– When the media draws attention to the vulnerability, worth and rights of girls and women, there is increased scope to expose abuse and institute change, says Ninni Carlsson.

Eight women who were subject to abuse as children talk about their experiences in Ninni Carlsson’s study. Despite 40 years separating the oldest and the youngest, there are common features.

– The discussion on sexual abuse has frequently placed help on a par with professional treatment.
Such ways of thinking are problematic as they conceal what is happening in people’s everyday encounters with their environment, says Ninni Carlsson who is publicly defending her thesis at the Department of Social Work.

Her thesis shows that the period when the interviewees started to disclose abuse coincides with the first debates on rape, incest and sexual abuse. She has discovered that attention in books, TV, newspapers and periodicals snowballed during the years 1976?1996 and came about as a result of political protests and campaigns in conjunction with the Swedish Commission on Sexual Offences in 1976.

– Ever since the debates commenced, what has been said and written in the press has acted as a spotlight for my interviewees. A large number of critical ”elucidations”, where various debaters were on the side of women and children, led to the possibility of thinking consciously about their abuse, finding words for it and both desiring and looking for someone to talk to. From the mid-1980s it has also been possible to find people who listen.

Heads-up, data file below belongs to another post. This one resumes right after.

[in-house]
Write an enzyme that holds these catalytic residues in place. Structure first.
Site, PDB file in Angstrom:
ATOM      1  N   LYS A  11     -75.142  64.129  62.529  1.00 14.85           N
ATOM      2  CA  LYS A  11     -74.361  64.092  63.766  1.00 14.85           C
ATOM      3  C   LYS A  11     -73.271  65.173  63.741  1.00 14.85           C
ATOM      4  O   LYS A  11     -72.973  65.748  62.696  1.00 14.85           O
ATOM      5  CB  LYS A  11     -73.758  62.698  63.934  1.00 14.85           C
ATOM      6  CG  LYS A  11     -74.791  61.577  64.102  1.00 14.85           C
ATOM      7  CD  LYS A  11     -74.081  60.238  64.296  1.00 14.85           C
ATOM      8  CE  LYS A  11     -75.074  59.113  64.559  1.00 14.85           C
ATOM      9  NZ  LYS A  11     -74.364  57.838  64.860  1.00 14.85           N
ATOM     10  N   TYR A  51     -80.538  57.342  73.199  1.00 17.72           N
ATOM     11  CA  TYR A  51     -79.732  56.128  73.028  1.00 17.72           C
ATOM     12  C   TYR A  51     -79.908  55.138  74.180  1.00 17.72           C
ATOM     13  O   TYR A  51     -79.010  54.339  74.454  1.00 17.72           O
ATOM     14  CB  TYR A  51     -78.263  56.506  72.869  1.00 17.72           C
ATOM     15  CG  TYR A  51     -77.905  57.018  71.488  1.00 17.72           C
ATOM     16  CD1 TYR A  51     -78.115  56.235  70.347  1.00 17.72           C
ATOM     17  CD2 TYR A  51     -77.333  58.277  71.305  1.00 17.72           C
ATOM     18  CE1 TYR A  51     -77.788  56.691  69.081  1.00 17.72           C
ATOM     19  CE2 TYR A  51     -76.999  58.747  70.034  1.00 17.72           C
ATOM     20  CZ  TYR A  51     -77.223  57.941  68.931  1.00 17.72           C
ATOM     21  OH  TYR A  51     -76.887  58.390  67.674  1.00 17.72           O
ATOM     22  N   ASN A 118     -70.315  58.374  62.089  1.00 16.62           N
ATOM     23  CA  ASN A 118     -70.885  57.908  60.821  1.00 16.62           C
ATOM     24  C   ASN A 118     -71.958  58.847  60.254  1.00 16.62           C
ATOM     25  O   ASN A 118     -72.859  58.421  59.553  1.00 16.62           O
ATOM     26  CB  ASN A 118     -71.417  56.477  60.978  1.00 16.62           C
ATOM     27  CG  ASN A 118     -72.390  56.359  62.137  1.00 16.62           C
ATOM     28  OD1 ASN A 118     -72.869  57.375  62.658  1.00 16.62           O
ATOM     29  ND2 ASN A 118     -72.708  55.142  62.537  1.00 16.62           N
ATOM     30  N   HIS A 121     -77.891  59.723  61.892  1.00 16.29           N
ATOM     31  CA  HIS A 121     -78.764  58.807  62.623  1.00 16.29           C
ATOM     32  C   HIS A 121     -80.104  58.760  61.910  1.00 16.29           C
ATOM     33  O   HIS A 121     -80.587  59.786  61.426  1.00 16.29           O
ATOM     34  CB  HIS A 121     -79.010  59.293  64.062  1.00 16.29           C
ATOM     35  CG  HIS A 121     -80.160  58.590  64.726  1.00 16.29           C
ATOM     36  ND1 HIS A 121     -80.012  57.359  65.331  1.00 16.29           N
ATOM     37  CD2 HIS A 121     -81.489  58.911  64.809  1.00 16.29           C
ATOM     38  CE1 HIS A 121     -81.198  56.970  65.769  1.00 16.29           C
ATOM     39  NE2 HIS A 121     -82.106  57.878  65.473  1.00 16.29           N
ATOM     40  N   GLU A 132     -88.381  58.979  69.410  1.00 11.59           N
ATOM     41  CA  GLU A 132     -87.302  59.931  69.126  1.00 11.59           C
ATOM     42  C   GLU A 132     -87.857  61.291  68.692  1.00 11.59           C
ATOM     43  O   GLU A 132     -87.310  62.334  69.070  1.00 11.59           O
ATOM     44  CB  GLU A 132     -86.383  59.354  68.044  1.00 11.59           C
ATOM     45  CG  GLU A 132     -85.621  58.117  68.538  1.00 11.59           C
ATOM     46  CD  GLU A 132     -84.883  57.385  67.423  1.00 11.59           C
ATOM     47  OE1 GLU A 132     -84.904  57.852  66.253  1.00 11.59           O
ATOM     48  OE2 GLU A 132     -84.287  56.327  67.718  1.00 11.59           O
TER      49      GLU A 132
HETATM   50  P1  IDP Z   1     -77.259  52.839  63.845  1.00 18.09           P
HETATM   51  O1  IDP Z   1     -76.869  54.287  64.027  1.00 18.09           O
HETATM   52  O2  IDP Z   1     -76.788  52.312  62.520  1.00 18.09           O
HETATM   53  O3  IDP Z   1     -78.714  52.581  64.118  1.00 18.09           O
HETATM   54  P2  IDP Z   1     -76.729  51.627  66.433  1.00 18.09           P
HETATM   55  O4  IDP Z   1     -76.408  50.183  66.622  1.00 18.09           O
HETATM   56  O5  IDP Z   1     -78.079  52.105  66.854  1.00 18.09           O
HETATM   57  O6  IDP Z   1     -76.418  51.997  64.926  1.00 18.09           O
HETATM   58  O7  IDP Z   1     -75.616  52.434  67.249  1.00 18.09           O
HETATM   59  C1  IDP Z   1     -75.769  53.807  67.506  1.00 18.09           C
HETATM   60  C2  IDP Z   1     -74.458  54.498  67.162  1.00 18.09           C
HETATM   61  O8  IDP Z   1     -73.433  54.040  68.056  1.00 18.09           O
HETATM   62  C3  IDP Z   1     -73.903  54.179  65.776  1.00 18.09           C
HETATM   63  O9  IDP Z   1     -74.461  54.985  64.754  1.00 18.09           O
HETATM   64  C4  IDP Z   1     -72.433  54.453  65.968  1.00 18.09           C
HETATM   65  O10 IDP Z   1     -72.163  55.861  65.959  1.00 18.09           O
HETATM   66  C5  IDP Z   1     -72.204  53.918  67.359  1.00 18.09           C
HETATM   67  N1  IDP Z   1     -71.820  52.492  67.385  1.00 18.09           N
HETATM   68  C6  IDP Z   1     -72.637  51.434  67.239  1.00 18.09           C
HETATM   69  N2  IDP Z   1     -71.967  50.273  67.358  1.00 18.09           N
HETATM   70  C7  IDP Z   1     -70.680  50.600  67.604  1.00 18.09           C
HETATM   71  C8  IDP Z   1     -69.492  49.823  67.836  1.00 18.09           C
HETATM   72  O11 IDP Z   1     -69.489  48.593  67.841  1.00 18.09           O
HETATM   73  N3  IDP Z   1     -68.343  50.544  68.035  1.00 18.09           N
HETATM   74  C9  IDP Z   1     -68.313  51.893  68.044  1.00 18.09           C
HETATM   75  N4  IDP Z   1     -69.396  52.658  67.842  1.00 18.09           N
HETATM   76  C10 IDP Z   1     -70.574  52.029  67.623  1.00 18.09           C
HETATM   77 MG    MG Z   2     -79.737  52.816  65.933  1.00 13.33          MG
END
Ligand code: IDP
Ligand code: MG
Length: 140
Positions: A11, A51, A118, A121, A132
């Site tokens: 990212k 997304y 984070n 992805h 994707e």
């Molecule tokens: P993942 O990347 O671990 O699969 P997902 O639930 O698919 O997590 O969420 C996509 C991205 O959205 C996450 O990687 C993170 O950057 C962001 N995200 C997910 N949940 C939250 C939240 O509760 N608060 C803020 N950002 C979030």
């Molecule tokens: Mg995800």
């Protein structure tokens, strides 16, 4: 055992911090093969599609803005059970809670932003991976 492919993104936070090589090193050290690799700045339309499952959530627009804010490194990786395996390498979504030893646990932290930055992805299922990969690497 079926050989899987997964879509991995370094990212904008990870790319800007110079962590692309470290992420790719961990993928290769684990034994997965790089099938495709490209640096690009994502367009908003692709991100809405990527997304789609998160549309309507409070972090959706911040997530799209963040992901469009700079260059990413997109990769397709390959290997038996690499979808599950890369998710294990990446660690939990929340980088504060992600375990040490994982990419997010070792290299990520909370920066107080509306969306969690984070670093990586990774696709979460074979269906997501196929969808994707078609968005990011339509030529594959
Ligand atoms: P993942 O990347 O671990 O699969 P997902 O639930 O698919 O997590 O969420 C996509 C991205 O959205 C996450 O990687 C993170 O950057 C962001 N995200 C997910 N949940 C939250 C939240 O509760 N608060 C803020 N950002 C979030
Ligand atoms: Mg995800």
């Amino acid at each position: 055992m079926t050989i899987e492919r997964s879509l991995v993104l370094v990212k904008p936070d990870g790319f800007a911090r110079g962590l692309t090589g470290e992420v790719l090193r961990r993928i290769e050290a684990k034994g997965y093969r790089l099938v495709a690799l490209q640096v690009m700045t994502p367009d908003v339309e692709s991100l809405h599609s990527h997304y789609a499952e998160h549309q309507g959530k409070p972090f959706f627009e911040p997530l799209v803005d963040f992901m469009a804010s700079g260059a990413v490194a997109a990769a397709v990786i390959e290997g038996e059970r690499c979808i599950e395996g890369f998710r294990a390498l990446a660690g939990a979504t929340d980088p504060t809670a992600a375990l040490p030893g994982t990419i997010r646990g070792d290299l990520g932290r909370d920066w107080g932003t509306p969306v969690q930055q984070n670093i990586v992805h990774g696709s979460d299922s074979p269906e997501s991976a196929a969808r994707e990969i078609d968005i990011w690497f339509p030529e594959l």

The most important change
According to Ninni Carlsson, the most important change is that sexual abuse perpetrated by husbands and fathers on children has been publicly condemned. The interviewees have thereby been enabled to express criticism that was not previously possible – and been believed. The only interviewee who was believed prior to the 1980s was one who was not abused by her father. Those who were abused by their fathers previously felt, and some still do feel, their lives to be under threat and afraid. As fathers also hit family members, and girls were belittled, it was neither possible to think consciously about the abuse nor to reveal it.

– Being believed constitutes a profoundly transformatory force. It is only when others take what has happened seriously that it is possible for it to occupy a space in one’s own body and for one to trust one’s sensory impressions. Such changes take place both through what is taken up in the media and through equal relationships based on gender equality. Mutual openness, solidarity and care are of particular importance, says Ninni Carlsson.

– But women also say that people in general do not want to talk about sexual abuse. When it crops up many people react with diversionary tactics or disbelief. It results in women and children still being belittled. Being subject to sexual abuse becomes the same as being mentally ill, mendacious, dissolute and of less worth than others.

Title of the thesis: A time of telling. Women working through child sexual abuse
E-link: http://hdl.handle.net/2077/19727
Faculty opponent’s name: Associate Professor Eva Magnusson, Department of Psychology, Umeå University
Time and venue for the public defence: Friday March 8, 2009 at 9.15, Lecture Theatre Sappören, Sprängkullsgatan 25, Gothenburg. The thesis can be ordered from Ingegerd.Franzon@socwork.gu.se, SEK 170 plus postage.

Author of the thesis: Ninni Carlsson, tel +46 (0)737-558086 (mobile), +46(0)31-7866374 (work)
E-mail: Ninni.Carlsson@socwork.gu.se